The Passion Translation
Saul and Barnabas Sent Out as Apostles
13 In the church at Antioch there were a number of prophets and teachers of the Word, including Barnabas, Simeon from Niger,[a] Lucius the Libyan, Manean (the childhood companion of King Herod Antipas),[b] and Saul. 2 While they were worshiping as priests[c] before the Lord in prayer and fasting, the Holy Spirit said,[d] “I have called Barnabas and Saul to do an important work for me. Now, release them[e] to go and fulfill it.” 3 So after they had fasted and prayed, they laid hands on them and sent them off.[f]
4–5 So Saul and Barnabas, and their assistant Mark (known as John), were directed by the Holy Spirit to go to Seleucia,[g] and from there they sailed to Cyprus.[h] When they arrived at Salamis,[i] they went to the synagogues and preached the manifestation of our Lord.[j] 6 From there they crossed the island as far as Paphos,[k] where they encountered a Jewish false prophet, a sorcerer named Elymas,[l] who also went by the name of “son of Jesus.”[m] 7 He had gained influence as the spiritual advisor to the regional governor, Sergius Paulus, considered by many to be a wise and intelligent leader. The governor requested a meeting with Barnabas and Saul because he wanted to hear the message of God’s word.[n] 8 But Elymas, whose name means “sorcerer,”[o] stood up against them and tried to prevent the governor from believing their message.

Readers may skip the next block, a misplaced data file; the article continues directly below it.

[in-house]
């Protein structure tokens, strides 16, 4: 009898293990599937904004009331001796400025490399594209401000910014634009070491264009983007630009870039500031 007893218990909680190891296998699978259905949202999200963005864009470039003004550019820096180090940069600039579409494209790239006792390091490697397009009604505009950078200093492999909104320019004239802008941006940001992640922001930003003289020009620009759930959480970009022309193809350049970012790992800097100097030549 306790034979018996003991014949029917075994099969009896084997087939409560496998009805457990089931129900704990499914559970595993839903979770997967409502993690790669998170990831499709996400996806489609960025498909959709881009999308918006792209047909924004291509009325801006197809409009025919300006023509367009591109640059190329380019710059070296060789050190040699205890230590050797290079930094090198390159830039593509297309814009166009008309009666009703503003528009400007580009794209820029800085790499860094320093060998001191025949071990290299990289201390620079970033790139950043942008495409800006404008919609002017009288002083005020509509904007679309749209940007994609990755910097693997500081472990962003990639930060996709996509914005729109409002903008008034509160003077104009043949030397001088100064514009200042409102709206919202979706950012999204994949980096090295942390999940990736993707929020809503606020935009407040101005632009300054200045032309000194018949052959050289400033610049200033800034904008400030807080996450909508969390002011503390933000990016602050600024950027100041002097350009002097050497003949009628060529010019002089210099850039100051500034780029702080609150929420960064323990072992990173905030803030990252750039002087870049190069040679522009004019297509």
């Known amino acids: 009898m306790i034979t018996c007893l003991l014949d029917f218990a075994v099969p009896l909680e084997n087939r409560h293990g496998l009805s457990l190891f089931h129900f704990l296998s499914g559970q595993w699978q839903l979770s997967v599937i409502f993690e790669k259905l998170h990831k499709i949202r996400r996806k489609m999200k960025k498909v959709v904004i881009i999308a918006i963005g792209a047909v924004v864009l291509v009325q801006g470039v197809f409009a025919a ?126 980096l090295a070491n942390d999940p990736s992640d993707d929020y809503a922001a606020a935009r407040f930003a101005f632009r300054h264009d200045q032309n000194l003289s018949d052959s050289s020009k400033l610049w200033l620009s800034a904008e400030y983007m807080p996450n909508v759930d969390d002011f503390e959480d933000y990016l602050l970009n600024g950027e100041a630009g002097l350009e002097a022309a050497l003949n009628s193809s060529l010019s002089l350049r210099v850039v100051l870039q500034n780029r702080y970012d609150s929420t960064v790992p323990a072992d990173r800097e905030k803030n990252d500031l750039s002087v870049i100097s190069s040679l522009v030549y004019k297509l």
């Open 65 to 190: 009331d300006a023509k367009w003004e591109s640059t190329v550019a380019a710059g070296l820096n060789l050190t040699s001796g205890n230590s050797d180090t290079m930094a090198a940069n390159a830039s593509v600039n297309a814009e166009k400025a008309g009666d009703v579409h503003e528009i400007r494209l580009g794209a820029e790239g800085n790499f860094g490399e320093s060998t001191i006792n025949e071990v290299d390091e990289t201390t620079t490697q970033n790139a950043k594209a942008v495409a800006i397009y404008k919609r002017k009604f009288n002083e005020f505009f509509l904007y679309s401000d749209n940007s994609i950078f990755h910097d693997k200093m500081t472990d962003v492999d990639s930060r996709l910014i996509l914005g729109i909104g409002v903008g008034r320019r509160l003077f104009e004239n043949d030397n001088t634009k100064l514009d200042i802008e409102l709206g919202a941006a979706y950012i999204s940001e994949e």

9 Saul, also known as Paul,[p] stared into his eyes and rebuked him. Filled with the Holy Spirit, he said, 10 “You son of the devil![q] You are full of every form of fraud and deceit and an enemy of all that is right. When will you stop perverting the truth of God into lies? 11 At this very moment the hand of God’s judgment comes down upon you and you will be blind—so blind you won’t even be able to see the light of the sun.”[r]
As Paul spoke these words, a shadowy mist[s] and darkness came over the sorcerer, leaving him blind and groping about, begging someone to lead him around by the hand. 12 When the governor witnessed this, he believed and was awestruck by the power of the message of the Lord.
Paul and Barnabas at Antioch in Turkey
13 Paul and his companions sailed from the Cyprus port of Paphos to Perga in southern Turkey.[t] John left them[u] there and returned to Jerusalem 14 as they journeyed on to the city of Antioch in the region of Pisidia.[v]
On the Sabbath they went into the synagogue and took their seats. 15 After the reading from the scrolls of the books of Moses and the prophets, the leader of the meeting[w] sent Paul and Barnabas a message, saying, “Brothers, do you have a word of encouragement to share with us? If so, please feel free to give it.”